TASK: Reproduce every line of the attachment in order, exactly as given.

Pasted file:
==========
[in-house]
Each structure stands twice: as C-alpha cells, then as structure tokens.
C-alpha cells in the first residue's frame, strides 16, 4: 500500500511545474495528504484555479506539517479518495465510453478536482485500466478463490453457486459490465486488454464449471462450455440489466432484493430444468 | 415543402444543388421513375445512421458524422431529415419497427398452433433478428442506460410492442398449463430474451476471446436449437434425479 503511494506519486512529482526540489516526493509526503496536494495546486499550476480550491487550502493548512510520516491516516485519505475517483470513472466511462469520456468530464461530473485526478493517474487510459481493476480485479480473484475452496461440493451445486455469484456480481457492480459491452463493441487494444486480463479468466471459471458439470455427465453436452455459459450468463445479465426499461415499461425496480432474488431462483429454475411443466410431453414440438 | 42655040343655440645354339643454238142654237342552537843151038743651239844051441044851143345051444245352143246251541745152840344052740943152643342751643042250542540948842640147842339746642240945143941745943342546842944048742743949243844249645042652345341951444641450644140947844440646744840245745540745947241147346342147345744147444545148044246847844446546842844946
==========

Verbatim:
[in-house]
Each structure stands twice: as C-alpha cells, then as structure tokens.
C-alpha cells in the first residue's frame, strides 16, 4: 500500500511545474495528504484555479506539517479518495465510453478536482485500466478463490453457486459490465486488454464449471462450455440489466432484493430444468 | 415543402444543388421513375445512421458524422431529415419497427398452433433478428442506460410492442398449463430474451476471446436449437434425479 503511494506519486512529482526540489516526493509526503496536494495546486499550476480550491487550502493548512510520516491516516485519505475517483470513472466511462469520456468530464461530473485526478493517474487510459481493476480485479480473484475452496461440493451445486455469484456480481457492480459491452463493441487494444486480463479468466471459471458439470455427465453436452455459459450468463445479465426499461415499461425496480432474488431462483429454475411443466410431453414440438 | 42655040343655440645354339643454238142654237342552537843151038743651239844051441044851143345051444245352143246251541745152840344052740943152643342751643042250542540948842640147842339746642240945143941745943342546842944048742743949243844249645042652345341951444641450644140947844440646744840245745540745947241147346342147345744147444545148044246847844446546842844946